22 Jul MARY TODD LINCOLN. A PERNICIOUS ANEMIA SUFFERER?
A RECENT ARTICLE CLAIMS THAT PERNICIOUS ANEMIA, NOT BIPOLAR DISEASE, WAS THE CAUSE OF HER PSYCHIATRIC SYMPTOMS.
Mary Todd Lincoln, the wife of America’s sixteenth president, was very familiar with unhappiness during the last decades of her life. Her desire for an upscale lifestyle had exceeded her material resources for most of her marriage. Therefore, upon becoming first lady, and as a result, acquiring the means and opportunity to indulge her repressed desires, she spent extravagantly on personal clothing and furnishings for her new home, the White House.
For this and other reasons, the press and pockets of the public harassed and ridiculed Mrs. Lincoln. Meanwhile, her beloved husband Abraham was buffeted by the ongoing Civil War, which probably limited his ability to console and comfort his beleaguered spouse. In addition, Willie Lincoln, the favorite of their four sons died from typhoid fever midway during the Lincoln presidency. Mary’s sense of loss was both persistent and profound. She was deeply depressed and attempted to reunite with Willie through a series of séances conducted both in the White House and in the Lincolns’ summer residence in the District of Columbia.
Of course, the greatest blow to her mental well being was her first person witness to the assassination and death of President Lincoln. Thereafter Mary Lincoln suffered from delusions, hallucinations and paranoia. Several medical experts diagnosed her mental condition as bipolar disease. (1)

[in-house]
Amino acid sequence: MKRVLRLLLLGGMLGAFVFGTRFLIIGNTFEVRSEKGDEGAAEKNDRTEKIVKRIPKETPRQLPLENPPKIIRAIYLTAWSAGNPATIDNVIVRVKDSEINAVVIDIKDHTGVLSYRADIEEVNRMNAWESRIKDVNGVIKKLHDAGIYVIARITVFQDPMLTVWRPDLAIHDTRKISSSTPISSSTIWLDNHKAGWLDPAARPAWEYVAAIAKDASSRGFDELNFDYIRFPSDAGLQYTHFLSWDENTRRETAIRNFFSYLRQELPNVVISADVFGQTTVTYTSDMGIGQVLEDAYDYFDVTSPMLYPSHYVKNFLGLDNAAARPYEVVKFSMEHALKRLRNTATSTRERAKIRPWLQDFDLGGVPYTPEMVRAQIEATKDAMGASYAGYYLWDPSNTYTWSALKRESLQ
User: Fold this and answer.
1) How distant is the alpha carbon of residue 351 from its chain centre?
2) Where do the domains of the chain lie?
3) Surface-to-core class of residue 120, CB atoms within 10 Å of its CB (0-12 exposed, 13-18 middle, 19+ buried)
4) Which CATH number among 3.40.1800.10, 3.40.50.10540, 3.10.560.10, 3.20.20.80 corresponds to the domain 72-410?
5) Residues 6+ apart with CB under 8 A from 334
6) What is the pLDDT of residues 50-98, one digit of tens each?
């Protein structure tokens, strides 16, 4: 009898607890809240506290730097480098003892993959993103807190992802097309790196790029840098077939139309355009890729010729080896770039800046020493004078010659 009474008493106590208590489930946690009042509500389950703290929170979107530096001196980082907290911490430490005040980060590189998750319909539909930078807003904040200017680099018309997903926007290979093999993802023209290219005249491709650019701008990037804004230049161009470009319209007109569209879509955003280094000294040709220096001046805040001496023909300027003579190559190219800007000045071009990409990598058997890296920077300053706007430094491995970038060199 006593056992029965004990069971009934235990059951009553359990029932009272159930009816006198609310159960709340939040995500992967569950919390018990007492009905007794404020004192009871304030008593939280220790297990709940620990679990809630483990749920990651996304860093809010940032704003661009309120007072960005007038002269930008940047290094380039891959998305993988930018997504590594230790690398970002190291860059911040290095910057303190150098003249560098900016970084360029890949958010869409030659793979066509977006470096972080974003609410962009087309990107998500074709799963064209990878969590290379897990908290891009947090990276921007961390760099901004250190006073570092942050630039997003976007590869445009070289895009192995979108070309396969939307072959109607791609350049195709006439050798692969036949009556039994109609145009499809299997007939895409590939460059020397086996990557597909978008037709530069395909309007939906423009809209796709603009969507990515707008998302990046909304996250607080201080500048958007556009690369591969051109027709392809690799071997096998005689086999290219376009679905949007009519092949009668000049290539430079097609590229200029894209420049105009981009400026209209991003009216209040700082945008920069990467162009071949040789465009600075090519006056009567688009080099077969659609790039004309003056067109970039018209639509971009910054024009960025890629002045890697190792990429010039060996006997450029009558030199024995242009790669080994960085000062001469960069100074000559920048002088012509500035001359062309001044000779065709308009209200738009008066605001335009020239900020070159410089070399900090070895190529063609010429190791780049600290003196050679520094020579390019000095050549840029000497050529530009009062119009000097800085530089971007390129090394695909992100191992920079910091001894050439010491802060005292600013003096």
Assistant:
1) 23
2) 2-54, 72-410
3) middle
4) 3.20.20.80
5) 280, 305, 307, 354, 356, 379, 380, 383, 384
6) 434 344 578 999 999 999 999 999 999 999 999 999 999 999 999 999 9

However, a recent article in Perspectives in Biology and Medicine, by Dr. John G. Sotos, theorized that this first lady suffered from pernicious anemia. Pernicious anemia is a lack of red blood cells, due to a lack of vitamin B 12. Its symptoms are tiredness, shortness of breath, pallor of the skin, loss of balance, paresthesias of the hands and feet, headaches, and mental confusion.
Sotos determined that Mary Lincoln had all of these symptoms and concluded that pernicious anemia was their cause. He buttressed his thesis with the claim that both of Mary’s consanguineous parents both derived from a region of Scotland having a high incidence of pernicious anemia. (2)
Like her controversial successors, Eleanor Roosevelt and Hillary Clinton, First lady Mary Todd Lincoln continues to provide great professional enjoyment to both medical writers and historians.
1. Ludwig M. Deppisch, The Health of the First Ladies (Jefferson, NC: McFarland & Co. Inc. Publishers, 2015) 65-70.
2. John G. Sotos, What an Affliction: Mary Todd Lincoln’s Fatal Pernicious Anemia,
Prospectives in Biology and Medicine, 58 (4) 419-443, 2015.